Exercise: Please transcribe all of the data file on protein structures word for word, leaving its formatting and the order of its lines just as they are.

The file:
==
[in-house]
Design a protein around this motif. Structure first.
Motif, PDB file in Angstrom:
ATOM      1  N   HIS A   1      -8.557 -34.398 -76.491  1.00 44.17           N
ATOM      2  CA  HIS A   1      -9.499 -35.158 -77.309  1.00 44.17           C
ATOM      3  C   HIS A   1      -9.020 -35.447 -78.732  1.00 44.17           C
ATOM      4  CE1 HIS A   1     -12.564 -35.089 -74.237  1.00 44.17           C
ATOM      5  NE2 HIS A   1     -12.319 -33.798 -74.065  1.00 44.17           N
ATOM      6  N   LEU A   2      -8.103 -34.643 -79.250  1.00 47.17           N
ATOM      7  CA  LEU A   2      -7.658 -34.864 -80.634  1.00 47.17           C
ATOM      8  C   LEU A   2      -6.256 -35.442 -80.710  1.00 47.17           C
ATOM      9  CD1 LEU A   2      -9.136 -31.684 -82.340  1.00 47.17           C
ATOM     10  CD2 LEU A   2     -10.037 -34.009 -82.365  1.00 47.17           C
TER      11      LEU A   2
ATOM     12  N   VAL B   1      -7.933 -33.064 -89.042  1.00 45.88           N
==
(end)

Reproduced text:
[in-house]
Design a protein around this motif. Structure first.
Motif, PDB file in Angstrom:
ATOM      1  N   HIS A   1      -8.557 -34.398 -76.491  1.00 44.17           N
ATOM      2  CA  HIS A   1      -9.499 -35.158 -77.309  1.00 44.17           C
ATOM      3  C   HIS A   1      -9.020 -35.447 -78.732  1.00 44.17           C
ATOM      4  CE1 HIS A   1     -12.564 -35.089 -74.237  1.00 44.17           C
ATOM      5  NE2 HIS A   1     -12.319 -33.798 -74.065  1.00 44.17           N
ATOM      6  N   LEU A   2      -8.103 -34.643 -79.250  1.00 47.17           N
ATOM      7  CA  LEU A   2      -7.658 -34.864 -80.634  1.00 47.17           C
ATOM      8  C   LEU A   2      -6.256 -35.442 -80.710  1.00 47.17           C
ATOM      9  CD1 LEU A   2      -9.136 -31.684 -82.340  1.00 47.17           C
ATOM     10  CD2 LEU A   2     -10.037 -34.009 -82.365  1.00 47.17           C
TER      11      LEU A   2
ATOM     12  N   VAL B   1      -7.933 -33.064 -89.042  1.00 45.88           N